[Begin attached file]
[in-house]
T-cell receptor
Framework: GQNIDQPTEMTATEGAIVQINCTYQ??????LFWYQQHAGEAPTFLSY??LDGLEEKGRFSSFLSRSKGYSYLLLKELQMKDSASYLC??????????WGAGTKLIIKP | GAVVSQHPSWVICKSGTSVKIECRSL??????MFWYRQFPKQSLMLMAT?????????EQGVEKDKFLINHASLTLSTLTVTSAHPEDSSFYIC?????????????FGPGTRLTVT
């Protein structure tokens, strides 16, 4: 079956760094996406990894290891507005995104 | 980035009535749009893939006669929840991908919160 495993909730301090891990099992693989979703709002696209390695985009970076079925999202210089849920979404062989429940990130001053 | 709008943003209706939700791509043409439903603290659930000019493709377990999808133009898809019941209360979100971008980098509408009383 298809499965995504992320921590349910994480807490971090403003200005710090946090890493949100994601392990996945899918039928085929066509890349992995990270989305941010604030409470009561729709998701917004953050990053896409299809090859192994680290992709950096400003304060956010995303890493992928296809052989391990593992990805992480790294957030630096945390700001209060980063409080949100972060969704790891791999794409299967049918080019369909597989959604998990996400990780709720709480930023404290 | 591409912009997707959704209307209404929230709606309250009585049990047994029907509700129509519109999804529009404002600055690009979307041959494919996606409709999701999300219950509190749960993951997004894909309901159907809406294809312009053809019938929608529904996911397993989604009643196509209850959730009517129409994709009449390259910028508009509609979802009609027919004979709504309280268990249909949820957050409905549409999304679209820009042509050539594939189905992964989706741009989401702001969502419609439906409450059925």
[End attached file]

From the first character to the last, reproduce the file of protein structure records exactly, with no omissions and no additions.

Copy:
[in-house]
T-cell receptor
Framework: GQNIDQPTEMTATEGAIVQINCTYQ??????LFWYQQHAGEAPTFLSY??LDGLEEKGRFSSFLSRSKGYSYLLLKELQMKDSASYLC??????????WGAGTKLIIKP | GAVVSQHPSWVICKSGTSVKIECRSL??????MFWYRQFPKQSLMLMAT?????????EQGVEKDKFLINHASLTLSTLTVTSAHPEDSSFYIC?????????????FGPGTRLTVT
């Protein structure tokens, strides 16, 4: 079956760094996406990894290891507005995104 | 980035009535749009893939006669929840991908919160 495993909730301090891990099992693989979703709002696209390695985009970076079925999202210089849920979404062989429940990130001053 | 709008943003209706939700791509043409439903603290659930000019493709377990999808133009898809019941209360979100971008980098509408009383 298809499965995504992320921590349910994480807490971090403003200005710090946090890493949100994601392990996945899918039928085929066509890349992995990270989305941010604030409470009561729709998701917004953050990053896409299809090859192994680290992709950096400003304060956010995303890493992928296809052989391990593992990805992480790294957030630096945390700001209060980063409080949100972060969704790891791999794409299967049918080019369909597989959604998990996400990780709720709480930023404290 | 591409912009997707959704209307209404929230709606309250009585049990047994029907509700129509519109999804529009404002600055690009979307041959494919996606409709999701999300219950509190749960993951997004894909309901159907809406294809312009053809019938929608529904996911397993989604009643196509209850959730009517129409994709009449390259910028508009509609979802009609027919004979709504309280268990249909949820957050409905549409999304679209820009042509050539594939189905992964989706741009989401702001969502419609439906409450059925």